Davies, AJ, Chaplin, TA, Rosa, MJP & Yu 2016, ‘Natural motion trajectory enhances the coding of speed in primate extrastriate cortex’. Scientific Reports, 6: 19739.
Associated Institution(s): Monash University and Australian Research Council Centre of Excellence for Integrative Brain Function
Six adult marmosets were used for visual mapping experiments.
Visual motion is believed to be processed by neurons in the middle temporal area of the human brain. In these experiments recordings were obtained from either the primary visual cortex and/or the middle temporal area of the brains of marmosets.
In order to prepare the monkeys for the experiment they each had to undergo the following procedure developed in 2003 by Bourne and Rosa(1). It should be noted that these procedures are carried out not only in this experiment but are used as a standard procedure in many experiments where animals have to be restrained for brain research.
Animals have food withdrawn for 12 hours prior to anaesthesia. A tracheotomy (an incision in the windpipe) is firstly performed which is then followed by cannulation of the femoral vein in the thigh and catheterisation of the urinary tract.
The monkeys are then placed in a stereotaxic frame fitted with jacks (covered with a homeothermic blanket and layers of absorbent pads) used to raise the animals to the correct level and to hold them completely still. Needles are inserted between the chest wall and forelimbs and connected to a monitor.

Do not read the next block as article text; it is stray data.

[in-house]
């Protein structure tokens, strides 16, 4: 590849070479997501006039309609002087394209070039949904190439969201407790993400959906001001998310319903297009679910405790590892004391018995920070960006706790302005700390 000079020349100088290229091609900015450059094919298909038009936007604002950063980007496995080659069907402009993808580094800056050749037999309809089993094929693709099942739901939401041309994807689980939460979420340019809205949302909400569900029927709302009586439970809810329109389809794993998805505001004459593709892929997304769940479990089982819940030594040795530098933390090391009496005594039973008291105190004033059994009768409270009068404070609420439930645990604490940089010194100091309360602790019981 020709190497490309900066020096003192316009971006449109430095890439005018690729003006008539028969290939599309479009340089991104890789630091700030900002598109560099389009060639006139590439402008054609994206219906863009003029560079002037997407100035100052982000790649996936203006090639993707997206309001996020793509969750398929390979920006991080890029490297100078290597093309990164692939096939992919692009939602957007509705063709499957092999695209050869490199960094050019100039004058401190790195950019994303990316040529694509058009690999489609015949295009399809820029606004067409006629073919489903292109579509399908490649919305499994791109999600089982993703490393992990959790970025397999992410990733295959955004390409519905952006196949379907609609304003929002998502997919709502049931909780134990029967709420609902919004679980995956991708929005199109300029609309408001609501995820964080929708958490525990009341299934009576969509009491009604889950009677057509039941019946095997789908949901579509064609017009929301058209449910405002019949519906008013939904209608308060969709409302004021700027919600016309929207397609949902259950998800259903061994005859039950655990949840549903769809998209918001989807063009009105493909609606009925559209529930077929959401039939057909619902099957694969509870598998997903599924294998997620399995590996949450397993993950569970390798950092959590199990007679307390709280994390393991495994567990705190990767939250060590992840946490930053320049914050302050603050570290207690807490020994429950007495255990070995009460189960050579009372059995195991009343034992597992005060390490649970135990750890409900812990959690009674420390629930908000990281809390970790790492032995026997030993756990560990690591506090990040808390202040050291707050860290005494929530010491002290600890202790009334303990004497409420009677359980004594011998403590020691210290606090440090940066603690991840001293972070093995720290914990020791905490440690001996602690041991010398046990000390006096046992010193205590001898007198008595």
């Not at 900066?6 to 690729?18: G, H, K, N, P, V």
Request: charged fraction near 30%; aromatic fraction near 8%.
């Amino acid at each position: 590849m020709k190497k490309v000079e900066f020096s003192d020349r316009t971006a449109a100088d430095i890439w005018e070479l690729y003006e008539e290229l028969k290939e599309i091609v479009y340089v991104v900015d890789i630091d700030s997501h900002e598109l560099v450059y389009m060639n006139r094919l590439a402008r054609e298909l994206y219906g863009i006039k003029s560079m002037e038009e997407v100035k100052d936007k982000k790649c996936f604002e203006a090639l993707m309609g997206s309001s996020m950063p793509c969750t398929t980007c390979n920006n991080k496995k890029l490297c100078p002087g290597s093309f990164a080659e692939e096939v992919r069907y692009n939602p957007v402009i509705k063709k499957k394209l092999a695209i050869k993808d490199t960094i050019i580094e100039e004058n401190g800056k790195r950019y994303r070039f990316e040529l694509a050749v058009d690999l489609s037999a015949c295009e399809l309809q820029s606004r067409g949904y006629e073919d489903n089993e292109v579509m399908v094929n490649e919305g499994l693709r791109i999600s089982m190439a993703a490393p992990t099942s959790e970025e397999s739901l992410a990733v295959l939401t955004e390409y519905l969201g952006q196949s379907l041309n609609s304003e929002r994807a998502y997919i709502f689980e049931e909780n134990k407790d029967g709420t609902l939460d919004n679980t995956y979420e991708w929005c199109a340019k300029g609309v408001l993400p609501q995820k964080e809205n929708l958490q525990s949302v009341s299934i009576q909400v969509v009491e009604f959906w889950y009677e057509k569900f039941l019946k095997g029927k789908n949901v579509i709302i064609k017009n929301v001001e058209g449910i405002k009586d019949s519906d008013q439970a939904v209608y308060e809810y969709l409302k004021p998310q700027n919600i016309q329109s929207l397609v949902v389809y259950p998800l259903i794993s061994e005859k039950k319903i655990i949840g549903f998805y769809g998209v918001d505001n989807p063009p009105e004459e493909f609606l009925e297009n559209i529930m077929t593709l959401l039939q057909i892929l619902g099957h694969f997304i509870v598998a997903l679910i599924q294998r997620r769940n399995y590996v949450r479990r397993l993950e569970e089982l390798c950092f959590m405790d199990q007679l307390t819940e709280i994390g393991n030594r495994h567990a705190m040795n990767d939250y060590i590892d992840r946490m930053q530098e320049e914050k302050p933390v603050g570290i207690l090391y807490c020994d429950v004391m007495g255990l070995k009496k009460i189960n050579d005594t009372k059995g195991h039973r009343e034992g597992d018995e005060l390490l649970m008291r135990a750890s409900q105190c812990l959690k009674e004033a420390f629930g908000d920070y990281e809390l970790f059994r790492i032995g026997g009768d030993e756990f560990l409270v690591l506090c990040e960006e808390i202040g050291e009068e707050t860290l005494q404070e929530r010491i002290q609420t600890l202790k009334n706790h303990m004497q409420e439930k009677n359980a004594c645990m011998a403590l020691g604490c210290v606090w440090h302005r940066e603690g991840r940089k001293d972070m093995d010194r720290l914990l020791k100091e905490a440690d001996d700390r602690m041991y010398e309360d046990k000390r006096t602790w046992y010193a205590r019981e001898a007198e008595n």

Next a craniotomy is performed (surgical removal of part of the skull to expose the brain). Once the cortex is exposed an acrylic well is constructed around the craniotomy. Small burr holes are drilled into the skull, filled with dental acrylic which forms a base for a stainless steel bolt affixed to the skull and secured onto the stereotaxic frame. The eyes are held open and covered with contact lenses. Whilst chemically paralysed and artificially ventilated the brain recordings take place.
Relevance to Humans
There are major anatomical, genetic, dietetic, environmental, toxic, and immune differences between animals – including marmosets – and humans(2), making them inappropriate for use in studying human brain injury and human disease. Many studies and systematic reviews show that there is discordance between animal and human studies, and that animal ‘models’ fail to mimic clinical disease adequately.(3)(4)
The experiment was funded through National Health and Medical Research Council of Australia (NHMRC) project grant number 1020839 – $548,938, project grant number 1083152 – $624,514) and Australian Research Council (DE1411505, CE140100007).
(1) Bourne, JA & Rosa, MGP 2003, ‘Preparation for the in vivo recording of neuronal responses in the visual cortex of anaesthetised marmosets (Callithrix jacchus)’, Brain Research Protocols, 11: 168–177.
(2) Pound P, Ebrahim S, Sandercock P, Bracken MB, Roberts I; on behalf of the Reviewing Animal Trials Systematically Group. 2004. ‘Where is the evidence that animal research benefits humans?’, BMJ, 328, 514-7.
(3) Perel P, Roberts I, Sena E, Wheble P, Briscoe C, Sandercock P, et al. 2007. ‘Comparison of treatment effects between animal experiments and clinical trials: systemic review’, BMJ, 334:197.
(4) Van der Worp H, Howells DV, Sena ES, Porritt MJ, Rewell S, O”Collins V, et al. 2010. ‘Can animal models of disease reliably inform human studies?’, PLoS Med.